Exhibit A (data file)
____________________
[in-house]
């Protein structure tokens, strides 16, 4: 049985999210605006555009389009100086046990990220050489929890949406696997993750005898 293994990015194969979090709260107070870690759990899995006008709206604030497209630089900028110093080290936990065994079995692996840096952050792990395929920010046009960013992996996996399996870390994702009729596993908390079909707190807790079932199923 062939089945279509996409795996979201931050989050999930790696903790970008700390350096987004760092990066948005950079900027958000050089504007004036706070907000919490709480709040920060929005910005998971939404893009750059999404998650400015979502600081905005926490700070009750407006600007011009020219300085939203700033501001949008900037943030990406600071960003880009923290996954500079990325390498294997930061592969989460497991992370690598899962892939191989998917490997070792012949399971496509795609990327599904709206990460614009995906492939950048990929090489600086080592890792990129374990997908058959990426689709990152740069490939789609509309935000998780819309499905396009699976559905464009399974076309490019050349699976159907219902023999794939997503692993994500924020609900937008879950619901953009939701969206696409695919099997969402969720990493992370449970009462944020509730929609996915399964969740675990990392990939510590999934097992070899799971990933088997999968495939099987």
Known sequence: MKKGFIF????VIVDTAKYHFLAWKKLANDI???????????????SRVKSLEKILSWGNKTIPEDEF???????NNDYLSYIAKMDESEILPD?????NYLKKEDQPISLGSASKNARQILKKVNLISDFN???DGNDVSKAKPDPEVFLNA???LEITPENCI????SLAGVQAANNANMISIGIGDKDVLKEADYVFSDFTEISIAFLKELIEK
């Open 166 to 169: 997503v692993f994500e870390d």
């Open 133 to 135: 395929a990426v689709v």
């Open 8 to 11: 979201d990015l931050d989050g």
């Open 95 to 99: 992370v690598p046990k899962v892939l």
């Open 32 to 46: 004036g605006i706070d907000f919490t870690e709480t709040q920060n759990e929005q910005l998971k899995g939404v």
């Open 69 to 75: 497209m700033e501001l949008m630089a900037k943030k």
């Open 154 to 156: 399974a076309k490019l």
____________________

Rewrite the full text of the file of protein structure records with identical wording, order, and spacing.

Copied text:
[in-house]
């Protein structure tokens, strides 16, 4: 049985999210605006555009389009100086046990990220050489929890949406696997993750005898 293994990015194969979090709260107070870690759990899995006008709206604030497209630089900028110093080290936990065994079995692996840096952050792990395929920010046009960013992996996996399996870390994702009729596993908390079909707190807790079932199923 062939089945279509996409795996979201931050989050999930790696903790970008700390350096987004760092990066948005950079900027958000050089504007004036706070907000919490709480709040920060929005910005998971939404893009750059999404998650400015979502600081905005926490700070009750407006600007011009020219300085939203700033501001949008900037943030990406600071960003880009923290996954500079990325390498294997930061592969989460497991992370690598899962892939191989998917490997070792012949399971496509795609990327599904709206990460614009995906492939950048990929090489600086080592890792990129374990997908058959990426689709990152740069490939789609509309935000998780819309499905396009699976559905464009399974076309490019050349699976159907219902023999794939997503692993994500924020609900937008879950619901953009939701969206696409695919099997969402969720990493992370449970009462944020509730929609996915399964969740675990990392990939510590999934097992070899799971990933088997999968495939099987």
Known sequence: MKKGFIF????VIVDTAKYHFLAWKKLANDI???????????????SRVKSLEKILSWGNKTIPEDEF???????NNDYLSYIAKMDESEILPD?????NYLKKEDQPISLGSASKNARQILKKVNLISDFN???DGNDVSKAKPDPEVFLNA???LEITPENCI????SLAGVQAANNANMISIGIGDKDVLKEADYVFSDFTEISIAFLKELIEK
């Open 166 to 169: 997503v692993f994500e870390d």
């Open 133 to 135: 395929a990426v689709v």
């Open 8 to 11: 979201d990015l931050d989050g």
């Open 95 to 99: 992370v690598p046990k899962v892939l």
């Open 32 to 46: 004036g605006i706070d907000f919490t870690e709480t709040q920060n759990e929005q910005l998971k899995g939404v």
């Open 69 to 75: 497209m700033e501001l949008m630089a900037k943030k």
């Open 154 to 156: 399974a076309k490019l």